We celebrate Earth Day on Sunday April 22, 2012, which gets us thinking about conservation of resources, providing habitat, etc., but how many of us think about the effect of artificial light on our backyard critters? April 14-20, 2012 is International Dark Sky Week, which should get us thinking about this often-overlooked problem.
Last weekend I manned the information table for my chapter of the Florida Native Plant Society at the annual Dark Sky Festival which takes place in Harmony, FL…not too far from my home. Harmony is a planned community that is green certified and has hundreds of acres of conservation area protected as wildlife habitat. They also have light ordinance that outlines the types of lighting fixtures acceptable for outdoor night lighting.
Light pollution can cause havoc with many species. With a lot of press coverage, most people are aware of the affects of lighting on sea turtle nesting which confuses the baby turtles when they leave the nest. They are often drawn to the light of parking lots, houses and roadways instead of heading toward the water… not a good thing for newborns.
So, what does all this have to do with our own gardens?
Landscape lighting can create wasted light that can interfere with plant flowering and the activities of beneficial insects. I’m sure you’ve experienced a moth or other flying insect in your home, banging around into a light bulb, eventually doing itself in, tired or burned. Well, outdoor lighting can have that same affect. Certain insects, including pollinators and pest predators are attracted to light and wear themselves out fluttering around or are a captive food resource for other creatures drawn to the light. This can upset the balance of nature and we certainly don’t need additional pollinators being eliminated given the bee problems of recent time.
Other creatures can have their internal clocks upset by artificial night lighting as well. Frogs. Since there are insects to be eaten, frogs too will be attracted to the lights for an easy meal. What is to prevent them from getting burned or dehydrated by the heat of the bulb?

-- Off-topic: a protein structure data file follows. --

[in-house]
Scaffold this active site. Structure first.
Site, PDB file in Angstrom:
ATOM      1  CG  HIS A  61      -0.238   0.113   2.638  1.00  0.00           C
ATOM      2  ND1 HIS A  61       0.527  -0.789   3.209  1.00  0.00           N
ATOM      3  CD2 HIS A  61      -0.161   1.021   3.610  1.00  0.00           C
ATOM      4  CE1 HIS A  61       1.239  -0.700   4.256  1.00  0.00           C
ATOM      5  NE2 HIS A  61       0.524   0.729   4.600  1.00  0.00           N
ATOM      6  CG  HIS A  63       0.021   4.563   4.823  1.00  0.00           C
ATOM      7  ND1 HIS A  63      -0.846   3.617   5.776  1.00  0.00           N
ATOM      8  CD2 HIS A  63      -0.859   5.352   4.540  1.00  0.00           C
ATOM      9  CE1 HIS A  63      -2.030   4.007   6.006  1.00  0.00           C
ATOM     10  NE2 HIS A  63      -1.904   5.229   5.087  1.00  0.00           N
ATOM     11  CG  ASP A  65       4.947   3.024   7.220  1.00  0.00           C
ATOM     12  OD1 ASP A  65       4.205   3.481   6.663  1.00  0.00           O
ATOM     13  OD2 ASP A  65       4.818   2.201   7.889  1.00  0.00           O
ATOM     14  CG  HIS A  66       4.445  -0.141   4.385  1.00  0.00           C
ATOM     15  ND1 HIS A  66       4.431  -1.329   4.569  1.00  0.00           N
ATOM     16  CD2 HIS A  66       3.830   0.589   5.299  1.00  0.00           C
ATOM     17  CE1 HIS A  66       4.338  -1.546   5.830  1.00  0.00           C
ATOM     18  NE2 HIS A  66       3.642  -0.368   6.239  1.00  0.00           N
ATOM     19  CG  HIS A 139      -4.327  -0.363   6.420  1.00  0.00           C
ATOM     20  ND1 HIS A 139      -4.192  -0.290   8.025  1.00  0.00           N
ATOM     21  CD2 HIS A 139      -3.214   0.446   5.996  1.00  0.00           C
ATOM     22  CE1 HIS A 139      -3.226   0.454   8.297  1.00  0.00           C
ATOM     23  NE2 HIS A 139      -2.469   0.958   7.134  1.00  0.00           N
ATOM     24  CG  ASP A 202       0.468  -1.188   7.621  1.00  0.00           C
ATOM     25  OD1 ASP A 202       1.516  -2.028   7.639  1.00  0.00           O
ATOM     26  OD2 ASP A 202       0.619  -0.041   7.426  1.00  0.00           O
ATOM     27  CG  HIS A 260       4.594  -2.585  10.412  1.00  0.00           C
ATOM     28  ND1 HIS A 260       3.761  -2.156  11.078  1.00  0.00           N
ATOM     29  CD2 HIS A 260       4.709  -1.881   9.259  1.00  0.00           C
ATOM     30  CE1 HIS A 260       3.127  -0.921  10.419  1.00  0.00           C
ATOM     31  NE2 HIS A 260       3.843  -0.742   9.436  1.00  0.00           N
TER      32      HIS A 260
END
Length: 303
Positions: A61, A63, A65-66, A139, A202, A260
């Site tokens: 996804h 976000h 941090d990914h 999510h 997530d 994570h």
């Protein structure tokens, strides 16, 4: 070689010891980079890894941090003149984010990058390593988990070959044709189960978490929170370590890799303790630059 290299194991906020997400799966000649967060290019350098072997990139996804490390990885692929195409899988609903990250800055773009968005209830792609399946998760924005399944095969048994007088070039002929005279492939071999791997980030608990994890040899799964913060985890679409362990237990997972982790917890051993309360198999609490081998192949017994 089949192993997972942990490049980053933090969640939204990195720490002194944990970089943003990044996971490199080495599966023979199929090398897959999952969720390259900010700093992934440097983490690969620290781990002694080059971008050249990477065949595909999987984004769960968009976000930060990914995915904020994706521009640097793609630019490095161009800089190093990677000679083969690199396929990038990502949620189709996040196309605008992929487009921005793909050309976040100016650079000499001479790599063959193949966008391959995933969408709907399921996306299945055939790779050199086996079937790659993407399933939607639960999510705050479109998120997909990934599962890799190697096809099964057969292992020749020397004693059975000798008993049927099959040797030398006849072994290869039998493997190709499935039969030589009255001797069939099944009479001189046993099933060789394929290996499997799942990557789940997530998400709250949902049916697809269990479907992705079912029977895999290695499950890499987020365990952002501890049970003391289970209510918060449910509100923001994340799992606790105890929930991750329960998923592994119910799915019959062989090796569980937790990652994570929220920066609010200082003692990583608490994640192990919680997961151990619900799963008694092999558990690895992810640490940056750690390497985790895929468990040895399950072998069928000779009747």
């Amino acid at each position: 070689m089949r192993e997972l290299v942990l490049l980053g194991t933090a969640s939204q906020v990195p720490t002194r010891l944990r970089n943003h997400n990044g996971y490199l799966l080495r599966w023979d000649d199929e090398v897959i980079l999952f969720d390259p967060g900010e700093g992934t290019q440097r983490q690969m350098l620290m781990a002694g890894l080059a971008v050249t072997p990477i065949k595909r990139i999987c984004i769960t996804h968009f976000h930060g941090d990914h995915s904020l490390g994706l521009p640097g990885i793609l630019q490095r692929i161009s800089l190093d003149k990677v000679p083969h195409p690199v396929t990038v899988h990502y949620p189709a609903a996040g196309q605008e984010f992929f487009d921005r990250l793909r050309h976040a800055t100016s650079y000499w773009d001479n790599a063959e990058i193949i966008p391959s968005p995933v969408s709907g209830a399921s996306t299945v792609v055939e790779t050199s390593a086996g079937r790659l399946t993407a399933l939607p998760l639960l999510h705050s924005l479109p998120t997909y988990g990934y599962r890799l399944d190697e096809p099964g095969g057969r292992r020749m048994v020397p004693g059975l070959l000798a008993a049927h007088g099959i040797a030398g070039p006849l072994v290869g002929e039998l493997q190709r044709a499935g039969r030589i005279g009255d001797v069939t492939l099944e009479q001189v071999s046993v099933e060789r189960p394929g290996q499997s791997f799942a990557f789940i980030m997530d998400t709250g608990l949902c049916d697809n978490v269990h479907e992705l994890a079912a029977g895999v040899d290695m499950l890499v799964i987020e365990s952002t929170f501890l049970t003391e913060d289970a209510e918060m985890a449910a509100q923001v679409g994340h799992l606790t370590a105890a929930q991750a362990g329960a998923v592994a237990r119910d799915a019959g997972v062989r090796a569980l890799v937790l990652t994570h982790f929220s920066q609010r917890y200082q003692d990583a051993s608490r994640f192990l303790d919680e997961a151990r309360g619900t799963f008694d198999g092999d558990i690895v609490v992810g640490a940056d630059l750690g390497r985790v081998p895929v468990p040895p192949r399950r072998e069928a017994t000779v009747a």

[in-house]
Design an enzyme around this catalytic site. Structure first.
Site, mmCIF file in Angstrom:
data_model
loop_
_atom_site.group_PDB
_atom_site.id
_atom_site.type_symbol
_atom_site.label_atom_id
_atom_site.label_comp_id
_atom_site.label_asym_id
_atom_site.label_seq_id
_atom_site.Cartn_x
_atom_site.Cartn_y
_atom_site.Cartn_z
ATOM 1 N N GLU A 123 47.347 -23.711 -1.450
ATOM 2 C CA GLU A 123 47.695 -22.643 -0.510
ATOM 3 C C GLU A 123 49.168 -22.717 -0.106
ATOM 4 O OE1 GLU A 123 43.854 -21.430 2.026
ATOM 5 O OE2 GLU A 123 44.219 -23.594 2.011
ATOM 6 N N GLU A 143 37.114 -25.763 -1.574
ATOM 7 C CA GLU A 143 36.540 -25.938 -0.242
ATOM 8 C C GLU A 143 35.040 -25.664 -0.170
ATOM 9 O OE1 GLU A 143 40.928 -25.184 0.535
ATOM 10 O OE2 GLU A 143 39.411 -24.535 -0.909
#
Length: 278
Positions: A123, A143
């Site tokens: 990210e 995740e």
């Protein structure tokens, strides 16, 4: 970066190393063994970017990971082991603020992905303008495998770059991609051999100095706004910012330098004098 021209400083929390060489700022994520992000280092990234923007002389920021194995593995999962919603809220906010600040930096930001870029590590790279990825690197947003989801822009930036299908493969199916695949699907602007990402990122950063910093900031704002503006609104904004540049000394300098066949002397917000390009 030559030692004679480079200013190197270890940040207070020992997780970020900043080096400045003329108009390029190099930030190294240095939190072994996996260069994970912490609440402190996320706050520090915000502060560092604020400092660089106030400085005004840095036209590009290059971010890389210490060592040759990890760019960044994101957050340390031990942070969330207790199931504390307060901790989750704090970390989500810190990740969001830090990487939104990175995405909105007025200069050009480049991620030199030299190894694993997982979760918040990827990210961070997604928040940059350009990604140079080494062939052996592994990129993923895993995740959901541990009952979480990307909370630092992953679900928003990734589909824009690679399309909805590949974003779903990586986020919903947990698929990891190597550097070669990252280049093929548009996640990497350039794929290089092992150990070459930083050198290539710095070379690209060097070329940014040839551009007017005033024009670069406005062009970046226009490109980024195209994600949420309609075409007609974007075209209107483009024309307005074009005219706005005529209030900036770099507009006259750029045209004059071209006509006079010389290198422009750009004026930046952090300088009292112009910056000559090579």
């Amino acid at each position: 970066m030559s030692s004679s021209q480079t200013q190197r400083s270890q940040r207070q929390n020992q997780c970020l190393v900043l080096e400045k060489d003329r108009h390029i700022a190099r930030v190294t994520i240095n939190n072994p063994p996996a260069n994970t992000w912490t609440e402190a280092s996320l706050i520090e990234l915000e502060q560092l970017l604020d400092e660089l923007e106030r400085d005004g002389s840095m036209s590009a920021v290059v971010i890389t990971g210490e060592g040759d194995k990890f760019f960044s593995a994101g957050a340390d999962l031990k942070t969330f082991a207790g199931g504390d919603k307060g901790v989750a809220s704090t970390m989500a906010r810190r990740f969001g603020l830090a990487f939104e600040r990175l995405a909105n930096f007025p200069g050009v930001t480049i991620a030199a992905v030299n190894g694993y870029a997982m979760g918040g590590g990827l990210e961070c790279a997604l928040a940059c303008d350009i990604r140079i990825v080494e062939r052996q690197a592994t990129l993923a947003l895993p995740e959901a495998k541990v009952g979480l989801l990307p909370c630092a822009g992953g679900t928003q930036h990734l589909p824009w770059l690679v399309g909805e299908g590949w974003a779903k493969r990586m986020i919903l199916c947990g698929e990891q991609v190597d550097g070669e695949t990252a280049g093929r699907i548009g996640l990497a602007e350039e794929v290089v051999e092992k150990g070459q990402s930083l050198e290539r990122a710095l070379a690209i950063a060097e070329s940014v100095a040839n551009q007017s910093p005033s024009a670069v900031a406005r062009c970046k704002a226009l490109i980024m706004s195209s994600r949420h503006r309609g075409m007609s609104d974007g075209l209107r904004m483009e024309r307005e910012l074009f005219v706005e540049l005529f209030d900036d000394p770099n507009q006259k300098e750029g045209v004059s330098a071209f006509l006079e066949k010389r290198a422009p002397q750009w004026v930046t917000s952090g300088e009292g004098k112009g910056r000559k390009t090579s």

Birds. According to DarkSky.org, 100 million birds a year throughout North America die in collisions with lighted buildings and towers. Further, artificial lights can cause migrating birds to wander off course.
Mammals including humans can all be affected by artificial light. Many people often suffer from the doldrums during winter when the days are shorter. Don’t you always feel better during the summer when they are longer? In rats, artificial light at night suppressed melatonin production, and resulted in an increased rate of tumors. Secretly I’m not unhappy with this aspect given the recent invasion of my car engine by those darn pests. However, I still only have a light on when I need to walk outside and not trip over things.
So, what can be done? Well, nature sometimes provides a little extra dark sky…think lunar eclipse and the longest night of the year. And, Florida Fish and Wildlife Conservation Commission speaks of three steps to setting up landscape lighting so you can help prevent harm to wildlife via lighting pollution:
Keep it LOW (mounting the fixture as low as possible)
Keep it SHIELDED (fully shielding the light so bulbs and/or glowing lenses are not visible)
Keep it LONG as in wavelengths (use ambers and reds)
Other things you can do is to start by only buying lighting fixtures that are recommended for use around wildlife. Turn out your lights unless they are necessary to safety. Put timers and/or dimmers on your lights. You’ll reduce your carbon footprint and save money in the process…another bonus. Look up at the stars…it will get you appreciating the wonders of a dark sky. Talk it up…mention the affect of light pollution on our wildlife when conversing with others. Download the “Light Pollution and Wildlife” brochure as a handout. You’ll be helping the earth, wildlife and maybe even yourself. Step out of the dark and promote our dark sky!
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